The Race Is On

Potkin & Bucket SAs Centaur approached the start line they could see a mass of barges zig-zagging past each other, at speed. There were distant multiple cries of, “Starboard!”

To Potkin’s horror Absalom Rowbottom drove Centaur straight into the centre of the mayhem and joined in.

“Starboard!” he cried, spinning the wheel wildly as a dozen vast and unwieldy craft swept back and forth along the start line waiting for the gun. They ducked under sterns, shot across bows. When a dented, steel hulled barge named Indomitable rushed smugly by, rashly close to Centaur’s stern, Absalom surreptitiously took a rusting shackle pin from the pocket of his long coat and, whistling innocently, lobbed it high into his rival’s tops’l. It rattled onto Indomitable’s deck where a whiskerless lad retrieved it, looked worriedly aloft and rushed with it to his skipper.

Something akin to a smile, but much more scary, split across our captain’s face.

“They’ll be a long time wondering where that’s come from. Has something aloft given way? Will the gear come crashing down at any moment? Should distract them for a bit.”

On the five-minute gun all the barges rounded up and commenced their dash for the line.

(There is, I am assured only one gun, a little brass cannon, but several bangs.   On the ten-minute bang everyone must switch off their engines and the five-minute bang signals frantic manoeuvring by the keenest skippers for the best position at the start. The aim is to reach the starting line, going flat out, just as, BUT NOT BEFORE, the start bang goes off.)  

Several craft, including Centaur, were neck and neck as there came another report and a puff of white smoke from the committee boat. The race had begun.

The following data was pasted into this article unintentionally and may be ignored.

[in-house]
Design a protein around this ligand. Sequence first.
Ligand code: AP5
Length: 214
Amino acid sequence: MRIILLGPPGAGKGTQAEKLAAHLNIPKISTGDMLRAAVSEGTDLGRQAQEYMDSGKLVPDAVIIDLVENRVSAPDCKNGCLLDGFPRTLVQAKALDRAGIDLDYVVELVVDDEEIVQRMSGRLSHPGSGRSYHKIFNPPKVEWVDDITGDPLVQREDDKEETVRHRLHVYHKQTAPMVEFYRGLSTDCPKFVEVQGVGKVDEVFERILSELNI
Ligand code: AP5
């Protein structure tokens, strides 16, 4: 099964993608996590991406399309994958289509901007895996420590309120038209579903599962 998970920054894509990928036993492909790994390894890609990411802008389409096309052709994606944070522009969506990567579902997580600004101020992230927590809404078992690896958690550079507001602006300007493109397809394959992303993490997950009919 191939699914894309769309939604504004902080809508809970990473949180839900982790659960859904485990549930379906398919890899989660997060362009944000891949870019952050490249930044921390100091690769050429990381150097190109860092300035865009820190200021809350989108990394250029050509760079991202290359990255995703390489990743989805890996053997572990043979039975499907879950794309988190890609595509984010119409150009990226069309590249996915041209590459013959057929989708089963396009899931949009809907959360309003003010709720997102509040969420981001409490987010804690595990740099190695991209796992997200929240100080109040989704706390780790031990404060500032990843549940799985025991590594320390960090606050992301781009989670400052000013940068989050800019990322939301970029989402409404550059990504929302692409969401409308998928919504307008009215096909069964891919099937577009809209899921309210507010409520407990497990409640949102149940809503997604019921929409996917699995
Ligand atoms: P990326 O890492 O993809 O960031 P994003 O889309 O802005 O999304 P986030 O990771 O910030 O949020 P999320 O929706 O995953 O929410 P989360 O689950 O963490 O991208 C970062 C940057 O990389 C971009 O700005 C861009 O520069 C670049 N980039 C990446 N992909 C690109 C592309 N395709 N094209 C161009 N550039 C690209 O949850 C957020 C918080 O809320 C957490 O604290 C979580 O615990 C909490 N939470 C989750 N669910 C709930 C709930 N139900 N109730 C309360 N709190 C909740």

With the leading barges clearing the mouth of the river the wind became a gale.   Dark clouds twisted and turned as they rolled past and the chill rain stung Potkin’s face. He was glad to be wearing his waders and sou’wester.

Centaur began to pitch wildly as the lumpy seas battered her hull, great waves crashed over her bow and swept along the deck. Potkin was cold and a little frightened. He could taste his breakfast when he burped and was sure his fur was turning green. Searching for shelter he found an upturned bucket by the mast and curled up beneath it.

The crew, hunched against the wind, was still pulling on ropes called sheets while the skipper shouted, “Lee ho!” and “Leggo!” and the sails crashed from one side of the ship to the other.

As they swept onwards towards a buoy far out to sea, Eben staggered on deck with mugs of hot tea. Potkin was wishing that he had stayed at home, but after the warming drink he felt a little braver and the queasy feeling in his stomach began to subside. He nibbled a ginger biscuit and quickly perked up.

With barely a memory of his former discomfort Potkin was chatting to Rick about how much he was enjoying the voyage when they rounded the black and yellow north cardinal buoy which had been designated as the outer mark.


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